NEW YORK — The stock market has gone quiet. Perhaps too quiet.
An eerie calm has washed over Wall Street in recent weeks, especially compared with the wild bouts of turbulence that rocked the markets earlier this year.
The closely-watched VIX volatility index recently slipped below 11.4, touching its lowest level in more than two years. By comparison, the measure of market turbulence was sitting at nearly 31 last September and it’s almost never been in single digits.
Some see this, along with a string of record highs for the American stock market, as a sign that investors have become so comfortable with the state of things that they don’t see the dangers that lurk around them. They argue this is the calm before the storm, especially given nervousness about the global economy, the upcoming U.S. elections and Corporate America’s yearlong profit recession.
“It just seems too good to be true. August and September are notorious for market declines,” said Sam Stovall, U.S. equity strategist at S&P Global Market Intelligence.
Stovall noted that August and September together account for one-third of all months where the S&P 500 plunged by 5% or more. Obvious examples include August 2015 and September 2008 when Lehman Brothers imploded.
Others agree that volatility is likely to rise from here, though the trigger and timing for more turbulence is of course a big mystery.
“You just don’t get much lower than this,” said Scott Wren, senior global equity strategist at the Wells Fargo Investment Institute. “Stocks don’t just go straight up forever without corrections. We probably need to have a pullback.”
To Wren’s point, the Dow is up more than 3,000 points since mid-February alone. That’s a stunning move.
Of course, it shouldn’t be shocking that volatility is low during the notoriously low-volume month of August when many investors hit the beach. And there’s no guarantee that market turbulence will return any time soon. It’s possible that low volatility is here to stay, at least for a bit.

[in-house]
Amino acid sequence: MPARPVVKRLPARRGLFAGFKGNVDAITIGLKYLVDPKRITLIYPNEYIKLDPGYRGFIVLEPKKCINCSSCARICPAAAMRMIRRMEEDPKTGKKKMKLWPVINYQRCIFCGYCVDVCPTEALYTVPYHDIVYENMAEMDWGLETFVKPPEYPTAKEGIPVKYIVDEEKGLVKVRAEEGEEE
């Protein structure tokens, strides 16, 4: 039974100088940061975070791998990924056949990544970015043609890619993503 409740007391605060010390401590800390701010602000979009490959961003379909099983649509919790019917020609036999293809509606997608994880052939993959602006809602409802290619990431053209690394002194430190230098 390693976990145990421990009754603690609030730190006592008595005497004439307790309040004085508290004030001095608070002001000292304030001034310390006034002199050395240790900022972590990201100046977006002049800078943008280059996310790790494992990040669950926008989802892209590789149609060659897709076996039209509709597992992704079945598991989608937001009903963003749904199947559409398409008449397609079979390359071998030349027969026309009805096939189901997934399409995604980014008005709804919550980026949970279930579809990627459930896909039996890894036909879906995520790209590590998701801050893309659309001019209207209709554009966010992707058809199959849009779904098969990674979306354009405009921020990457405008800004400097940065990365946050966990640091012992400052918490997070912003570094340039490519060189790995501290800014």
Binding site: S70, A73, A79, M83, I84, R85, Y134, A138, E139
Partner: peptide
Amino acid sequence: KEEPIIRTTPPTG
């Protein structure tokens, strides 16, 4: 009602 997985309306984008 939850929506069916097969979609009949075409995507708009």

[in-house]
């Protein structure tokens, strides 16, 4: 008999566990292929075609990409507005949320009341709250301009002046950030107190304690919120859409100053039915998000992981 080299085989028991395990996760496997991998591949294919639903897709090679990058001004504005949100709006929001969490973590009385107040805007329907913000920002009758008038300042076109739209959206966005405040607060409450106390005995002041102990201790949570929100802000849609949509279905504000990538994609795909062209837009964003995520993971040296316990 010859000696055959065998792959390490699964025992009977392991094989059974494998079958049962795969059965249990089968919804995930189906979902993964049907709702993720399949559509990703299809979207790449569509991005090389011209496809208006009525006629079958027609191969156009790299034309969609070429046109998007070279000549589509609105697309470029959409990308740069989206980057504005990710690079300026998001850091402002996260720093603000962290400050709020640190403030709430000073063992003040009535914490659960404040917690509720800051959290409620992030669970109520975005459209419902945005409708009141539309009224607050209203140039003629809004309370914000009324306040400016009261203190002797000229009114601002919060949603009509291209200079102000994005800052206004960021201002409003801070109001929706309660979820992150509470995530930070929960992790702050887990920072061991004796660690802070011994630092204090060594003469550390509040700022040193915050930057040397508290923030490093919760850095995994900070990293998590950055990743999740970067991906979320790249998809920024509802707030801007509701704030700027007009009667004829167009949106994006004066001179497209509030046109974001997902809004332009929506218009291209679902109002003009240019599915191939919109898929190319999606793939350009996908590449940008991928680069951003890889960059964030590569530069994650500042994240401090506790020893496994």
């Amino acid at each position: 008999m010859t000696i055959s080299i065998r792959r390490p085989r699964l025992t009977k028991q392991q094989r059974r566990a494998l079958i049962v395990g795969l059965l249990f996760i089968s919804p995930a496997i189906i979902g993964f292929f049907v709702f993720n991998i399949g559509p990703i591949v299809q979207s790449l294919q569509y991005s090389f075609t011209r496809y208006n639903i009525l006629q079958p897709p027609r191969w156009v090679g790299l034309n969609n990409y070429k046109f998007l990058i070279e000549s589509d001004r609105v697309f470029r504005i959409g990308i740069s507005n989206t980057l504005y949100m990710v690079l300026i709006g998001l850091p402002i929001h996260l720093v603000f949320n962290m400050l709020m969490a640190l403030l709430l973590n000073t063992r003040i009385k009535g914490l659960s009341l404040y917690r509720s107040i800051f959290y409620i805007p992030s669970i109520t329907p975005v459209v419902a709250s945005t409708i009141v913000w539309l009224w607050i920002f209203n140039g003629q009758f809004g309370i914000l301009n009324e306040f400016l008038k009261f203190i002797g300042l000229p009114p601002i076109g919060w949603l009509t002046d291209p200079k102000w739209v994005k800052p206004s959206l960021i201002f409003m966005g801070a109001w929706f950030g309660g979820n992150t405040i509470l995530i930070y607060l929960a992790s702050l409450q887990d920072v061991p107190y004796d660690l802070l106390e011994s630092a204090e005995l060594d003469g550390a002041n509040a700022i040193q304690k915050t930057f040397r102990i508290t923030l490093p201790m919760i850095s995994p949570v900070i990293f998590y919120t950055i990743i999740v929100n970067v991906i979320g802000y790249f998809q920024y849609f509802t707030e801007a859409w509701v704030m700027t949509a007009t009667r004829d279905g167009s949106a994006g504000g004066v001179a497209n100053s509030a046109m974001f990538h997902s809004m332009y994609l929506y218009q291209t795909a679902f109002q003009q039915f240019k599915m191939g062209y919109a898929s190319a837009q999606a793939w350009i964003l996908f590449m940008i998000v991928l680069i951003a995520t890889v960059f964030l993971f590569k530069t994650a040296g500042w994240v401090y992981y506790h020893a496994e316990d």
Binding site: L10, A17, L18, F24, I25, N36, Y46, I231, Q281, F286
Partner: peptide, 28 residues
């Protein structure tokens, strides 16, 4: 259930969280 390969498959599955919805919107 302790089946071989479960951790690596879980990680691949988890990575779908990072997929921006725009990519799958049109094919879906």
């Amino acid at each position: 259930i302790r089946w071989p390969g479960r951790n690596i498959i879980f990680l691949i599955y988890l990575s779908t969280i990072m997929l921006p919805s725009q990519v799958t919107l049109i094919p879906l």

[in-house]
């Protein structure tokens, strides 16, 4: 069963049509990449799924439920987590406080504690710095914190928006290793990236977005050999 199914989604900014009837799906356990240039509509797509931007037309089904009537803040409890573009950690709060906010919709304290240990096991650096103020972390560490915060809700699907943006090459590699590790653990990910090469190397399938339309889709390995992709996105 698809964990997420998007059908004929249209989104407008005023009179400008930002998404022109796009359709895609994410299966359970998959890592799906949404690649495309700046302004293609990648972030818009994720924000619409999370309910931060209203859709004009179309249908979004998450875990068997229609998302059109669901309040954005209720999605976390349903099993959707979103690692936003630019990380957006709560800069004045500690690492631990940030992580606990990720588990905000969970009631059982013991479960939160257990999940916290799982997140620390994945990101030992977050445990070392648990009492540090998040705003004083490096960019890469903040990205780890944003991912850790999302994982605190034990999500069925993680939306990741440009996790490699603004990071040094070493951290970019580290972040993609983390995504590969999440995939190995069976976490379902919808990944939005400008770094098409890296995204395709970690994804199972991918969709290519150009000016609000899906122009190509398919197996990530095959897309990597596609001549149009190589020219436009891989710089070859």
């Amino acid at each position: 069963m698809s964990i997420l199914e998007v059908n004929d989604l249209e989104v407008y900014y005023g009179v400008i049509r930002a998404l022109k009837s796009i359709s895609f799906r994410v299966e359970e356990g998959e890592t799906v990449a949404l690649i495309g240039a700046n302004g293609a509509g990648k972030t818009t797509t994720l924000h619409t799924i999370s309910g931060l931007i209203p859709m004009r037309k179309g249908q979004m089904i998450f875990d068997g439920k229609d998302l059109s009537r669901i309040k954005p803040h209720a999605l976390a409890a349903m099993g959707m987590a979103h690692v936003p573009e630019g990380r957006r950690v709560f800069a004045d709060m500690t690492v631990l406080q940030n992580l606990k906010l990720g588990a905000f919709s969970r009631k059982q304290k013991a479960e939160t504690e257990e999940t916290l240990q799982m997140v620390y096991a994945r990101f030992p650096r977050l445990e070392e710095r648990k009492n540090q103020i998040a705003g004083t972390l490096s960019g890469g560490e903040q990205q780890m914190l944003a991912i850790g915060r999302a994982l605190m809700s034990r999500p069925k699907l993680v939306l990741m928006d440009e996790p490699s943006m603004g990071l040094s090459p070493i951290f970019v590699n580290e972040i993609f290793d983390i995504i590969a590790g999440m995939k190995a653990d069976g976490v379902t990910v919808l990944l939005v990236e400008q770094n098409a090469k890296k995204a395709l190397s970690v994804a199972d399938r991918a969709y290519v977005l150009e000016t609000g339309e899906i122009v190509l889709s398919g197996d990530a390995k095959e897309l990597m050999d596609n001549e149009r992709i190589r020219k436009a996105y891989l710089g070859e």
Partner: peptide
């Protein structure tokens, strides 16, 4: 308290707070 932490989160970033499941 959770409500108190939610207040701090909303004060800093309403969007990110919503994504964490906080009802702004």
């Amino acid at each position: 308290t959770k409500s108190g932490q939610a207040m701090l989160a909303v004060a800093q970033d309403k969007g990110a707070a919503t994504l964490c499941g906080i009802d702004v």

“The VIX is by no means a singularly predictive indicator of future market activity. It can, and has stayed low for long periods of time,” David Joy, chief market strategist at Ameriprise Financial, wrote in a note.
But there is no shortage of potential catalysts that could upend the recent calm. Here are just a few:
Renewed oil crash: Oil prices freaked investors out earlier this year when they crashed to $26 a barrel before rebounding to $50. But more recently, that too has been derailed by renewed oversupply concerns and prices are back around $40. It would certainly get investors nervous again if prices fall a lot lower from here.
U.S. presidential election: So far, the markets have largely shrugged off the presidential contest between Donald Trump and Hillary Clinton. That could be because investors anticipate divided government no matter who wins, or because the election is simply too far away for Wall Street’s short-term mentality. In either case, that could change in the coming weeks and months, especially given the unpredictable nature of this race.
BlackRock, the world’s largest asset manager, predicts an election-fueled rise in volatility ahead. The firm pointed to how investors have yanked money from U.S. equity funds in the month prior to each of the past four presidential elections.
China, global economy: Don’t forget that last August’s relative calm was shattered by a surge in fears about China’s economy suffering a hard landing. Recall the brief 1,000-point Dow plunge on August 24. While the world has taken a hiatus from China fears, there’s no guaranteeing that the won’t reappear again.
Wildcard: It’s never easy to figure out what unforeseen issue will spark concern on Wall Street. Geopolitics, natural disaster, health scares or anything else could end up spooking investors.
“Like most market shocks, unless it’s something that adversely affects the overall economy, it will probably be short-term,” said Stovall.